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Biochem Pharmacol. 1993 Sep 14;46(6):1053-7.

Mechanism of uptake of the phosphonate analog (S)-1-(3-hydroxy-2-phosphonylmethoxypropyl)cytosine (HPMPC) in Vero cells.

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Department of Infectious Diseases, St. Jude Children's Research Hospital, Memphis, TN 38101-0318.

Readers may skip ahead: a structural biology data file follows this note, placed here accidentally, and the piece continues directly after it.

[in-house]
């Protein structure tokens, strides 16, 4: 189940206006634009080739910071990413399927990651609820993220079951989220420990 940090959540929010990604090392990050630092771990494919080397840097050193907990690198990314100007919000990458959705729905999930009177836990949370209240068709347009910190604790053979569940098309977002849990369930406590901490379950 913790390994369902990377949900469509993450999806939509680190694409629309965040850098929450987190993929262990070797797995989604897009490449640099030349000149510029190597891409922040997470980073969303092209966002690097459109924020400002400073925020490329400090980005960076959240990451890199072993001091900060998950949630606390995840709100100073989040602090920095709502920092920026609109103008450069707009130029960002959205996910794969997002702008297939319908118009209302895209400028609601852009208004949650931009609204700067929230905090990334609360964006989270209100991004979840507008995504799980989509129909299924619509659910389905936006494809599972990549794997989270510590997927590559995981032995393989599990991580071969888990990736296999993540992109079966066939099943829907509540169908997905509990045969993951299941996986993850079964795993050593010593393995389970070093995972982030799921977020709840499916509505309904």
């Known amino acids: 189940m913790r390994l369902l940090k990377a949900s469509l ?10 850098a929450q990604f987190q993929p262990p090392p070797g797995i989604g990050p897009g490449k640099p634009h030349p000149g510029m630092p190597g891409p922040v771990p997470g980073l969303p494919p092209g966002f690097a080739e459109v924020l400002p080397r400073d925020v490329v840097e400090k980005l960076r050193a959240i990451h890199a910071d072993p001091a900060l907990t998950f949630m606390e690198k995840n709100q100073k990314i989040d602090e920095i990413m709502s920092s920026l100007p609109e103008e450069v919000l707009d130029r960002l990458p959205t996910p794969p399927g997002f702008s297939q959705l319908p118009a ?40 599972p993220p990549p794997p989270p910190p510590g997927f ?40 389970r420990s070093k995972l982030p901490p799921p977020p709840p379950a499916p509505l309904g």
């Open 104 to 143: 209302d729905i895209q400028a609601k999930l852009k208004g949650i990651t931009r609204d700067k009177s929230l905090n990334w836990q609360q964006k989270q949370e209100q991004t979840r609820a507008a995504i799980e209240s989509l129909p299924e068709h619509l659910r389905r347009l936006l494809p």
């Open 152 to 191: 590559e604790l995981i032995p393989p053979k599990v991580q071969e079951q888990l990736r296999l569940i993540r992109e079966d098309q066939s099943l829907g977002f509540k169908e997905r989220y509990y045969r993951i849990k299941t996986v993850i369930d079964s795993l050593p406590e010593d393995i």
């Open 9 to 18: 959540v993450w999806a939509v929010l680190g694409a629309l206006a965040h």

The cellular uptake of phosphonylmethoxypropyl cytosine (HPMPC) was characterized to gain insight into the molecular properties that allow this anticytomegalovirus drug to permeate cell membranes. The time course of uptake of HPMPC into Vero cells was linear between 10 and 75 min and proportional to the concentration in the medium from 10(-6) to 10(-2) M. HPMPC uptake was temperature sensitive and the rate of uptake was considerably lower at 27 degrees than at 37 degrees and almost totally inhibited at 4 degrees. In competition studies with naturally occurring nucleosides, nucleotides or the phosphonylmethoxyethyl derivatives, none affected the uptake of HPMPC at concentrations up to 2000-fold molar excess. The uptake of [3H]HPMPC into Vero cells was compared with that of [14C]sucrose, a probe for fluid-phase endocytosis. Kinetics for both compounds were very similar, as were the effects of the microtubule antagonist colchicine and the tumor promoting agent phorbol myristate acetate. Colchicine and the phorbol ester are known to, respectively, inhibit and stimulate endocytosis. It is concluded from these data that HPMPC enters Vero cells by fluid-phase endocytosis and that once internalized it may accumulate in the lysosome. Protonation of the negative charge on the phosphonyl group in HPMPC may allow its diffusion across the lysosome membrane and eventual activation to its putative active diphosphorylated form in the cell cytoplasm.

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